WildFire is an Arduino compatible board based on the Atmel ATMega1284P microcontroller and a Texas Instruments CC3000 WiFi module. Also included is an SD card slot and MAC/EEPROM chip.

Configuring Wi-Fi networking with your mobile phone or PC

The WildFire comes with a preinstalled RESTDuino webserver sketch you can use to read and toggle the pins. To access it, you need to configure your network settings – easy with a phone app.

iOS: Download the “TI WiFi SmartConfig” app from the App Store. You can then run the app. Once it has executed, go to local.wildfire (That’s a Bonjour/Zeroconf address – which comes pre-installed on iPhones).

Android: The app is not in the play store for some reason, and TI wrap it up in an installer. Easiest option is to download this zip file. You can extract the apk file directly from the /bin directory, and mail it to yourself. If you pick up the mail on your smartphone  you can install it with one click. Make sure you allow installing of apps not from the play store.

PC: If you don’t have ready access to a phone, you can install a java app from Texas Instruments available for download here. This has the advantage that you can also take a look with the serial monitor.

To view the device you either need Bonjour/Zeroconf – obtained by installing iTunes – or you can access it directly via IP address. You’ll need a serial monitor connected at 115200 to see the IP configuration.

Testing out the pre-installed sketch

The Wildfire ships with a pre-installed sketch based on the RESTduino project. Once you have setup WildFire networking you can directly read and set WildFire pins from a web browser. Try the following commands from a browser:

To set a digital pin

http://WILDFIRE_IP/6/HIGH      (* note, not a good idea to use hardware allocated pins)

To read a digital pin


This returns JSON similar to

To read an analog pin

This returns JSON similar to



Important Notes

Certain WildFire pins are dedicated to on-board peripherals. It’s a good idea to create an instance of a WildFire object using  the provided WildFire library, creating an instance initializes the dedicated pins to safe states. See Sample code below for an example of creating an instance of a WildFire object.

WildFire pins dedicated to on-board  functions:

  • DIG4 = SD card slot chip select [supported by SD library]
  • DIG7 = MAC/EEPROM data [supported by NanodeMAC and NanodeUNIO libraries] (v2 only)
  • DIG9 = CC3000 enable
  • DIG10 = CC3000 chip select [supported by our modified version of the Adafruit_CC3000_Library]
  • DIG11-13 = SPI Bus (DIG12 is ok for general use as long as neither DIG4 nor DIG10 is driven low, and/or you aren’t using the SPI bus for anything, e.g. the CC3000 or SD card)

DIG4 is allocated to the SD-card slot and DIG10 is committed to the WiFi module. They are chip select pins for the SPI bus, and both should not be set to LOW (0) at the same time to prevent contention on the MISO line (DIG12).

JP1 jumper (directly below CC3000 module) must be set to “func” (Functional), other setting, “test” is for factory testing.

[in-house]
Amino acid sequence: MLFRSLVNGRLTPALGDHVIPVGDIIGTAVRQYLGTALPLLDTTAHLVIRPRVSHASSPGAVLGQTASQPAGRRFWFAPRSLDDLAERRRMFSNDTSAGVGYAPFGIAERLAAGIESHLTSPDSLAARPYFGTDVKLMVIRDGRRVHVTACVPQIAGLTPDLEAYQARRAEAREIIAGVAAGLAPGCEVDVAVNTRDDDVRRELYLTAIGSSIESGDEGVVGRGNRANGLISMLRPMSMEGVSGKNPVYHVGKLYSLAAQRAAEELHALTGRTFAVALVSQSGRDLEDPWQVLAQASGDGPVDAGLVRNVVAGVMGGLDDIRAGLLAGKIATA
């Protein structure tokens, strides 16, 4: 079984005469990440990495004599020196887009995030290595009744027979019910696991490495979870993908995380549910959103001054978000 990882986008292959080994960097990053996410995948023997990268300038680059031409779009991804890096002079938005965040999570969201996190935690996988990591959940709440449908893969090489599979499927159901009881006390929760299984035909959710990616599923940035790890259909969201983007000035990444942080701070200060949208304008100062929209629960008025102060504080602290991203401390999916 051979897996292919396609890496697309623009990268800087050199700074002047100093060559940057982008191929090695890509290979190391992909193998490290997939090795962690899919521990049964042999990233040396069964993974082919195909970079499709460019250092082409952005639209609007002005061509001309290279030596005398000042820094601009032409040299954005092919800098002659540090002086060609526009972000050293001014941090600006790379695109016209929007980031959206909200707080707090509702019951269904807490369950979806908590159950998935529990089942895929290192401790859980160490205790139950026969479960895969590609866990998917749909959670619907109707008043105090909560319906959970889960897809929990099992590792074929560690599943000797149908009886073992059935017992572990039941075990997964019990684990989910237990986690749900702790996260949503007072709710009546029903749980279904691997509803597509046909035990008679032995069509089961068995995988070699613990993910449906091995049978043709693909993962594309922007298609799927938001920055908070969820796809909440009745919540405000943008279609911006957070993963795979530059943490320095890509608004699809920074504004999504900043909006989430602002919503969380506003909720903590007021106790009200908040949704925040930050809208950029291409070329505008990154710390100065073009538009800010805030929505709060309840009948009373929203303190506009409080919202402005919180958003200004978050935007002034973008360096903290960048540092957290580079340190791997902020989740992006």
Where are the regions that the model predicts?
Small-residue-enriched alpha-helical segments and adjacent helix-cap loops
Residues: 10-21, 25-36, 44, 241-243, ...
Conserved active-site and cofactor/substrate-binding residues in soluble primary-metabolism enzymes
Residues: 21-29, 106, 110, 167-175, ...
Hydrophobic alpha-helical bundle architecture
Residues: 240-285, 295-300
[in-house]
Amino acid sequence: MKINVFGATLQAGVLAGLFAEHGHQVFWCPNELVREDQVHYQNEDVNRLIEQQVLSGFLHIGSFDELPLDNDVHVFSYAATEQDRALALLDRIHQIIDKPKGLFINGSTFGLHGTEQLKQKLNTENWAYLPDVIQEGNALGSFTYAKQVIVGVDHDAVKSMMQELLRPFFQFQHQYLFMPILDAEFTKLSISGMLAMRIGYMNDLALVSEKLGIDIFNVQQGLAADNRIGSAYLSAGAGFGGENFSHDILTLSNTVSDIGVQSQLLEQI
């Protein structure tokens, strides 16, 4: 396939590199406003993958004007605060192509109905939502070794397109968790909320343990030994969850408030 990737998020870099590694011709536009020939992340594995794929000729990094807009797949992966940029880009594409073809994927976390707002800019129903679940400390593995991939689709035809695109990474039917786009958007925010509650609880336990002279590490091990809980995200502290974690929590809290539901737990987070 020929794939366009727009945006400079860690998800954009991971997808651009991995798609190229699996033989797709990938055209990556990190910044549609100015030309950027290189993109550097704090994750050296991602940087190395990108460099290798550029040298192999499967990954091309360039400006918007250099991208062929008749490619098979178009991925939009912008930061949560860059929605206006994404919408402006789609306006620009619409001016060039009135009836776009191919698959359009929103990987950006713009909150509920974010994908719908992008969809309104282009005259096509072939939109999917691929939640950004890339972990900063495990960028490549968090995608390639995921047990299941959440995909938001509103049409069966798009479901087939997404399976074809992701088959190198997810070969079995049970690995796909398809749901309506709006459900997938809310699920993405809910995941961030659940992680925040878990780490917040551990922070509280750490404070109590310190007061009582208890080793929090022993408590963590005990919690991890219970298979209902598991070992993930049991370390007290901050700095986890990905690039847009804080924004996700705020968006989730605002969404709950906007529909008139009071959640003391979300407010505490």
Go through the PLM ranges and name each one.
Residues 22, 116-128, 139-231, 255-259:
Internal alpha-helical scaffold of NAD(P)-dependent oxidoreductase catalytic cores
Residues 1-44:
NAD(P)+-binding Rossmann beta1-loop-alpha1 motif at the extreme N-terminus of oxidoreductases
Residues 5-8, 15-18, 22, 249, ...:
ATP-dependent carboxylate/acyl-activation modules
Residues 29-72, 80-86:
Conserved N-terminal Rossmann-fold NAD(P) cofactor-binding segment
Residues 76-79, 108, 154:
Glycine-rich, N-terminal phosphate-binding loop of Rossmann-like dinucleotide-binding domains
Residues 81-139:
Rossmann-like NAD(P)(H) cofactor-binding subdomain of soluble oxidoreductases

Finally, be gentle with the micro USB connector. Careless treatment can result in ripping the connector off the board, severely compromising its utility. We advise holding the connector in place during insertion and removal and not forcing it.

Arduino IDE Setup

  • First figure out where your “sketchbook” directory is by launching the Arduino IDE and going to:
    • On a PC & Linux:  File => Preferences => Sketchbook Location
    • On a Mac: Arduino => Preferences
  • Download the Combined Arduino Support Package and extract it into your Sketchbook Location folder. That should be equivalent to the following:
    • In the sketchbook directory, and create a sub-directory named “hardware” if it doesn’t already exist.
    • In the sketchbook directory, also create a sub-directory called “libraries” if it doesn’t already exist.
    • Copy the contents of the of the zip file hardware folder to the sketchbook/hardware folder – the path should end up looking like …/hardware/WickedDevice/
    • Copy the contents of the zip file libraries into the sketchbook/libraries folder – you should end up with the following sub-directories under sketchbook/libraries: WildFire, Adafruit_CC3000_Library, and CC3000_MDNS.
  • Your Arduino sketchbook directory should look something like the following listing (you may have previously installed libraries and/or hardware definitions)
  • (Re-)Launch the Arduino IDE, and under the Tools => Boards menu, select WildFire v2
  • Check to make sure that the WildFire and Adafruit_CC3000_Library libraries show up under File => Examples (look carefully, it may not be alphabetically listed)
  • At this point you should be able to write sketches and program the WildFire board directly using the Arduino IDE
  • Make sure you select the correct COM port from the Tools => Serial Port menu  when you plug the board in through the micro USB connector

Arduino Directory Structure After Install


Sample Code Block

#include <WildFire.h>
WildFire wildfire;

void setup(){
    // Your code

void loop(){
    // Your code